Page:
December 20, 1954|
New York City
|Died||June 9, 2009
New York City
|Area(s)||Cartoonist, Writer, Penciller, Inker, Editor, Colourist|
|Ghost Rider, Conan The Barbarian, Forgotten Realms, Courage The Cowardly Dog|
Dave Simons (December 20, 1954 - June 9, 2009) was an American comic book artist known for his work on Conan, Ghost Rider, Red Sonja, and Spider-Man for Marvel Comics and Forgotten Realms for DC Comics. He is also known for commercial storyboard and games artwork work on The Secret Files of the Spy Dogs and Greyhawk Ruins.
Dave Simons grew up in New York City and always wanted to be a comic book artist. "I always wanted to do comics since I was about eight years old ... so I started making a point of drawing something every day. I figured if I just kept doing that, then eventually I'd get better at it."
After a stint in the Coast Guard, and a chance series of meetings with Frank Robbins, Simons elected to undertake formal training to be an artist. As part of his education Simons attended the now legendary art workshops run by Marvel Comics artist John Buscema. It was while attending these classes that he became friends with future comic book artists Ken Landgraf and Armando Gil.
It was through Landgraf that Simons produced his first published work, which consisted of mainly commercial illustrations and the occasional soft-core pornographic comic book.
Approaching then-Marvel editor Rick Marschall at a convention in the late 1970s, Simons was able to get his samples seen and assessed. At the time Marschall was overseeing the Curtis Magazines line for Marvel, and Simons was duly assigned the duty of inking the first issue of the Howard the Duck magazine. After submitting the story Simons was assigned a fill-in Falcon story, which he inked with the assistance of Gil over Sal Buscemas pencils. This marked his first professional work for Marvel and in mainstream comic books.
Simons was then assigned both pencilling and inking jobs for Marvel. One of the artists whose pencils he inked was Gene Colan. "Gene Colan was always my favorite penciler to work on ... [T]hat was like a match made in heaven because a lot of people didn't understand Gene's shading. I thought, 'this is great, this is a great jumping on point if you're gonna do black and white stuff'". Colan has spoken highly of Simons's talent. "Do you know how few artists have ever been able to ink my very complex and often inscrutable pencils? Do you know how exquisitely Dave Simon inks my pencils? ... I've yet to see anything Dave has done that I haven't loved! Artists and inkers have come and gone but Dave remains today still at the top of his form!" Simons' attention to detail came into high demand in the 1980s and his inking credits include artists such as Keith Pollard, Ron Wilson, Frank Miller, John Buscema, Marc Silvestri, Greg LaRocque, John Romita Jr and Ed Hannigan. Titles that featured his inking include Thor, The Thing, Marvel Premiere, Night Thrasher, Iron Man, King Conan, Doctor Strange, Star Wars, Star Trek, Thundercats and others.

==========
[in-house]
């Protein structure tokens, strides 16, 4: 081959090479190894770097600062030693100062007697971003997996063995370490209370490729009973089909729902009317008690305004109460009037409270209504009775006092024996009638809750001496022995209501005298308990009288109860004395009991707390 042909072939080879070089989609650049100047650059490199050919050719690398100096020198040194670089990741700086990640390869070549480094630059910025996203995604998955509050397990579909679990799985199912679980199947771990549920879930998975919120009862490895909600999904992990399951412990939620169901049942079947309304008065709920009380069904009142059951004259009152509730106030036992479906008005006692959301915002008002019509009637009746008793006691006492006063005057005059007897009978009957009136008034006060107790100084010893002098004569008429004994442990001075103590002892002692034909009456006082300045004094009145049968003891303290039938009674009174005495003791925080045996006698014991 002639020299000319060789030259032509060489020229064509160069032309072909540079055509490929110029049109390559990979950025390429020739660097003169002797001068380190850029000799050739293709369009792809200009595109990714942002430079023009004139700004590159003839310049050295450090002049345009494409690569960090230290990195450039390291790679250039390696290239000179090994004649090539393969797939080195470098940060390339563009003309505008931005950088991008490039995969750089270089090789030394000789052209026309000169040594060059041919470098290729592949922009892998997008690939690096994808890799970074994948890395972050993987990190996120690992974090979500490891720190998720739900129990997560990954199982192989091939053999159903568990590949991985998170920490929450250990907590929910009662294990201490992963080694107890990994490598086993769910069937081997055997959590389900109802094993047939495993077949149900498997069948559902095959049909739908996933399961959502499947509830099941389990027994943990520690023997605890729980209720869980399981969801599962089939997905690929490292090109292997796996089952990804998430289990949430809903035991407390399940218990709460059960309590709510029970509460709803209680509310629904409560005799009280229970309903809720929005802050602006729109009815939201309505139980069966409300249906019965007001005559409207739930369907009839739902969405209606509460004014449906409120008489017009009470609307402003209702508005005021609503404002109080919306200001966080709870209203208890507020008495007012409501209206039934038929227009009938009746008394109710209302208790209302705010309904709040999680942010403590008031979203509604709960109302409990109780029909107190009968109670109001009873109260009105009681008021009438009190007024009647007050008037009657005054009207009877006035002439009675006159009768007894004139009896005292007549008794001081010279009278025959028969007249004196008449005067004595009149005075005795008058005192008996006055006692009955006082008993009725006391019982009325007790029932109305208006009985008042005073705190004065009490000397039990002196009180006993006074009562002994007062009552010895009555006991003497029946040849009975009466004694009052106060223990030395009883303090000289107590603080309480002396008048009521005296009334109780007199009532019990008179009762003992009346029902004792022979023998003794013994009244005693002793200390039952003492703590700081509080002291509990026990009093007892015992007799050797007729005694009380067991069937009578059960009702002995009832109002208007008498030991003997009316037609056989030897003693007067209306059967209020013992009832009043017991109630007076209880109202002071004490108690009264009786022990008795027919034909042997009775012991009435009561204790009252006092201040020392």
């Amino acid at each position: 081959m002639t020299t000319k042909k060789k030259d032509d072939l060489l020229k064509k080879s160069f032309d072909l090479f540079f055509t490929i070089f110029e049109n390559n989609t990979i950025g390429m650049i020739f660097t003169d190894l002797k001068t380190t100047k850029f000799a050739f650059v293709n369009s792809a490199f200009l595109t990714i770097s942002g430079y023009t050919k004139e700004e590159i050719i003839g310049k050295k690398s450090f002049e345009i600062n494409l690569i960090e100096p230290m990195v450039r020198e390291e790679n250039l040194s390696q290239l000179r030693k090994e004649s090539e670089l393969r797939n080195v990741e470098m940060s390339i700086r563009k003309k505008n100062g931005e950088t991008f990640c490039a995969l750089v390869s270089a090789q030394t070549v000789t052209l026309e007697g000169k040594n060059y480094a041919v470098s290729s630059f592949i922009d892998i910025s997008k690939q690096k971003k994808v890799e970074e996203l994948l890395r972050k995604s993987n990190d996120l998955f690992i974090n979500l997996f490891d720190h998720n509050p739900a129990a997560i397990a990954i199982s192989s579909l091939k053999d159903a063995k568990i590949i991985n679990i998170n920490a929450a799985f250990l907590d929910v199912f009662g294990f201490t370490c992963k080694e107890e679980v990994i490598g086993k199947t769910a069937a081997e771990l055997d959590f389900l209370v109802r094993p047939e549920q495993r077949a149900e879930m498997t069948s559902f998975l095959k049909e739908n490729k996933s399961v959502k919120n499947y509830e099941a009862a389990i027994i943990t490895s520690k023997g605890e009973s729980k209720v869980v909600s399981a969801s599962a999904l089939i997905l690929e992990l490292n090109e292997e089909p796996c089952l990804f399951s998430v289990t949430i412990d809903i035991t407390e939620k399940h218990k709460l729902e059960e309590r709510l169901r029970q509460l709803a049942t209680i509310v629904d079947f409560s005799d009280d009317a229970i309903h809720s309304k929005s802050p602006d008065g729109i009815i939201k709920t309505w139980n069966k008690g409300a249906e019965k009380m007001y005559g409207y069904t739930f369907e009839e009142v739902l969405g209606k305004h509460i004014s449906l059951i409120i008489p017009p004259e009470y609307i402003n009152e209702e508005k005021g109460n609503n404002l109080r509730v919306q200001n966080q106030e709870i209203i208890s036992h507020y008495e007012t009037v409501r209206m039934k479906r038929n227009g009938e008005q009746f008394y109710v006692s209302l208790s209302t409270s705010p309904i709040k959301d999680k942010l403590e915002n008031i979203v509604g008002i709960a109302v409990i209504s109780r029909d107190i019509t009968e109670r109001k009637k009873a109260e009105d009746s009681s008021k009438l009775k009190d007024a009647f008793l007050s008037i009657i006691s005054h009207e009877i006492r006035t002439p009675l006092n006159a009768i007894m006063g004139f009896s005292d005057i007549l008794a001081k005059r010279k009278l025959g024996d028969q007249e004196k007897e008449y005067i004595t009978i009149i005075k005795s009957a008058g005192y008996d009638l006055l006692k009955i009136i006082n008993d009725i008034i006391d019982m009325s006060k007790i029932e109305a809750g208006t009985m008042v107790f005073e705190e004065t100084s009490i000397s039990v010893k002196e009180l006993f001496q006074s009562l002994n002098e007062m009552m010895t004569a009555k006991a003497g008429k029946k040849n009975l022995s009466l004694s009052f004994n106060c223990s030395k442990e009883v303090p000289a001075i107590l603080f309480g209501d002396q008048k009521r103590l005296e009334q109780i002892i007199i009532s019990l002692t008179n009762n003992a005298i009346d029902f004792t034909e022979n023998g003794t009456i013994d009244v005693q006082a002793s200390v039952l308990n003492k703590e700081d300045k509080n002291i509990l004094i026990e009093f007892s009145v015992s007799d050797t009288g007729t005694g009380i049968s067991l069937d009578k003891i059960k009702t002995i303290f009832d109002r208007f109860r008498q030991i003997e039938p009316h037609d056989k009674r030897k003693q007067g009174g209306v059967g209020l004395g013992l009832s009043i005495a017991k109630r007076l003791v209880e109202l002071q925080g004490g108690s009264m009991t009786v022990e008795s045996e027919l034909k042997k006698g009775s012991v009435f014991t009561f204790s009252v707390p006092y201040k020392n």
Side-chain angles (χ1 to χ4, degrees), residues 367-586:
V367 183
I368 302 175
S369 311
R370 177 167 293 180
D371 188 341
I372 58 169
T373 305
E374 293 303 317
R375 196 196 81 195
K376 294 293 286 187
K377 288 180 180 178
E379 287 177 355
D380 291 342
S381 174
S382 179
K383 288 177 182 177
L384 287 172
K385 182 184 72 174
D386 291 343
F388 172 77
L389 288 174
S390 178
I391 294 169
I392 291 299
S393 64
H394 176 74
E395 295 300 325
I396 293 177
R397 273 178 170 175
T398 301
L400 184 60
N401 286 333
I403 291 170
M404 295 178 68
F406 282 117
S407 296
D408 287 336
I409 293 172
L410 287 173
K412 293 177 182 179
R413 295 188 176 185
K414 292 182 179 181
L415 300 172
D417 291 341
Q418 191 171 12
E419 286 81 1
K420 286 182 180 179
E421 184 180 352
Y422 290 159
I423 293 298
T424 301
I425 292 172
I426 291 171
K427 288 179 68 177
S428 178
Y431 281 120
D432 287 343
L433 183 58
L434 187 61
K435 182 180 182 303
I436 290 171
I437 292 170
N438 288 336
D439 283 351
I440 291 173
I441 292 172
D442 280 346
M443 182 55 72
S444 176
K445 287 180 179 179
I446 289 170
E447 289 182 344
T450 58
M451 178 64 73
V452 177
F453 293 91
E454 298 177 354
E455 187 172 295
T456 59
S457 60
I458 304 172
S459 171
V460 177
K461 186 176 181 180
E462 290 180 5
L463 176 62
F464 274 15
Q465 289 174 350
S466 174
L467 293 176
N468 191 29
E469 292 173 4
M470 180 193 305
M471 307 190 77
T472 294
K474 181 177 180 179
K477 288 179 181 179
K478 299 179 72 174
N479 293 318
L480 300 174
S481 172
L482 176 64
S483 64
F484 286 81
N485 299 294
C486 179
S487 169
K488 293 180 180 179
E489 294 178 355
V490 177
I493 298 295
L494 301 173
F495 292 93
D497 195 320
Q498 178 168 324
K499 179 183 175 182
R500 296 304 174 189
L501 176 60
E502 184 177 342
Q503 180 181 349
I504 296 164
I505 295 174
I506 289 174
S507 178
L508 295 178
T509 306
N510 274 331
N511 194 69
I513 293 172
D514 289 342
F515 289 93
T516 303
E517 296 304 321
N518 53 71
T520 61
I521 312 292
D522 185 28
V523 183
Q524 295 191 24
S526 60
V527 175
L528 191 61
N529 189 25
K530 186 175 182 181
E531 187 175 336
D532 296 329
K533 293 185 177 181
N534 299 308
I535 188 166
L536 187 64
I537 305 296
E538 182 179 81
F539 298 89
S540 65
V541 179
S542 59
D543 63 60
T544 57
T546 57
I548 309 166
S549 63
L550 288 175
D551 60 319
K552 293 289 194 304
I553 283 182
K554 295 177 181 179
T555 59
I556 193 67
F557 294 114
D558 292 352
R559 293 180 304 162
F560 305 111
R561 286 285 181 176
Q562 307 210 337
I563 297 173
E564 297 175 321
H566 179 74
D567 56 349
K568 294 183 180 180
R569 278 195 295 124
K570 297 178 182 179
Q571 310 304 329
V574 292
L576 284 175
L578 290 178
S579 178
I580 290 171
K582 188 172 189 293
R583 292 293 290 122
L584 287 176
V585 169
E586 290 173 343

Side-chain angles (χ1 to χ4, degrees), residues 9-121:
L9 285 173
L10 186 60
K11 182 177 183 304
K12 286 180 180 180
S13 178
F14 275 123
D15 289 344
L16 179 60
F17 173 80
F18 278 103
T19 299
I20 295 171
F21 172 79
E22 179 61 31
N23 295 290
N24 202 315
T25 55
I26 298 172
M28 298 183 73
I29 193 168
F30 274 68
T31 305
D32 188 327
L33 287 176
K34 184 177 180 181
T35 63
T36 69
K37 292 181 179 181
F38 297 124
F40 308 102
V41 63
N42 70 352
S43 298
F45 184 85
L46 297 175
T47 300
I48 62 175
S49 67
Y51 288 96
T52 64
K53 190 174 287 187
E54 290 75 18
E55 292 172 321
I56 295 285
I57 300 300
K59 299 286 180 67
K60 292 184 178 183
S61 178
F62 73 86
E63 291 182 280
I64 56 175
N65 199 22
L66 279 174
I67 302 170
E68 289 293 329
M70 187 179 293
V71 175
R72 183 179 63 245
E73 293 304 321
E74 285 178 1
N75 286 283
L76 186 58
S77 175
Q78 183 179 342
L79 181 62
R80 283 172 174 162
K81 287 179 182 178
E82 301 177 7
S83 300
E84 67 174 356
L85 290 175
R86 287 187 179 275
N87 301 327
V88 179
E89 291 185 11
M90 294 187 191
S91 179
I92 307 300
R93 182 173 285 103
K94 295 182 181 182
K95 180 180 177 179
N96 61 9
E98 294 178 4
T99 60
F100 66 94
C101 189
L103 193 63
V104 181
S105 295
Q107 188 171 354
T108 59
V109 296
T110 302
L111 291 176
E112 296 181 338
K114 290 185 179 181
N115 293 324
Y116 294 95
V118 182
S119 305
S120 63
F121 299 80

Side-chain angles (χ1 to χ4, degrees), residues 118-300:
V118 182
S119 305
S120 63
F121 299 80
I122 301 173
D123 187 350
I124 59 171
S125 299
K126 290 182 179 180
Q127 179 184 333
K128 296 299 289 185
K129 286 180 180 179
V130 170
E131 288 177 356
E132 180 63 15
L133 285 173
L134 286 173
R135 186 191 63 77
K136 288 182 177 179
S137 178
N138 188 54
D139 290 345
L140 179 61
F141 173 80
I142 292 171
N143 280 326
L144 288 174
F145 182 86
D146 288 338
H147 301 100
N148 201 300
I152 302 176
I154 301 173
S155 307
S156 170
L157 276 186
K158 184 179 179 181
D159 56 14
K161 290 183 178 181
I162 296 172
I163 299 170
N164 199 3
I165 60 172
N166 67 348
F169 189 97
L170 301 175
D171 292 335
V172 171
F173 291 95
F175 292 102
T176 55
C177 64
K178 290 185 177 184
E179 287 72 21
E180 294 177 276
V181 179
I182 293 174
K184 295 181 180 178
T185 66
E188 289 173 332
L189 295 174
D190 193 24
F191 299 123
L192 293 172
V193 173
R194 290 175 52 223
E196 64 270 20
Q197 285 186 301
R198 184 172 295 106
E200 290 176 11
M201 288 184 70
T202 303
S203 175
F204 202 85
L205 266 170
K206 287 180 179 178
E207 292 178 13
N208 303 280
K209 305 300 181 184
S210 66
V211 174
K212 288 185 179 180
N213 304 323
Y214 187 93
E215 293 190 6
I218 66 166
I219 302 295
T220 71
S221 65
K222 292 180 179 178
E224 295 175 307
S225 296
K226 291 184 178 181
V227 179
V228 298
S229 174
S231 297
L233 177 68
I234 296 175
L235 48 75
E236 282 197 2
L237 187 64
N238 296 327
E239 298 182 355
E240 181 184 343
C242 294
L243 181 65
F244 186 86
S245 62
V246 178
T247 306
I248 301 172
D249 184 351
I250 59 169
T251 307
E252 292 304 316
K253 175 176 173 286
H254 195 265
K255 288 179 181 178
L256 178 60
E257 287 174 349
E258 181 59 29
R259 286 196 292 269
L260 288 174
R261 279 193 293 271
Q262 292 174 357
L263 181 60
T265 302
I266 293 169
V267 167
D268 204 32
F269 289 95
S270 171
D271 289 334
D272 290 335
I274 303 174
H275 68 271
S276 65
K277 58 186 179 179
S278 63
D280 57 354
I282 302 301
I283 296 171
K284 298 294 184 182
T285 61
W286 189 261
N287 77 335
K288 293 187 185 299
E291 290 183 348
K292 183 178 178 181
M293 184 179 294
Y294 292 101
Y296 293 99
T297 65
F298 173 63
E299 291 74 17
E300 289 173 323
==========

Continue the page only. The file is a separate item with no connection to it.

Simons's tenure at Marvel was not limited to inking. He proved himself to be a very capable penciler and his pencils and ink combination were featured in titles such as The Spectacular Spider-Man, Team America, What If, Marvel Comics Presents, Bizarre Adventures, Red Sonja, Web of Spider-Man, and King Conan. He also provided cover art to titles such as Power Man and Iron Fist, Ghost Rider, Darkhold, Machine Man, Kull The Conqueror, Marvel Team-Up, Marvel Two-in-One, Crystar, Moon Knight and many others, along with pin-ups for the black and white magazine Savage Sword of Conan "Pencilling, if you're doing it right ... is a much tougher gig than inking. Even though I usually liked to know what was going on, with inking you don't necessarily have to be involved with the story. With pencilling you have to be intimately involved with the story because you're the one who's bringing the writers work and intentions across to the readers, as to what he's trying to communicate there. You have to think of the drama, the camera angles, and the composition, make sure you leave room for the word balloons, all those sorts of things".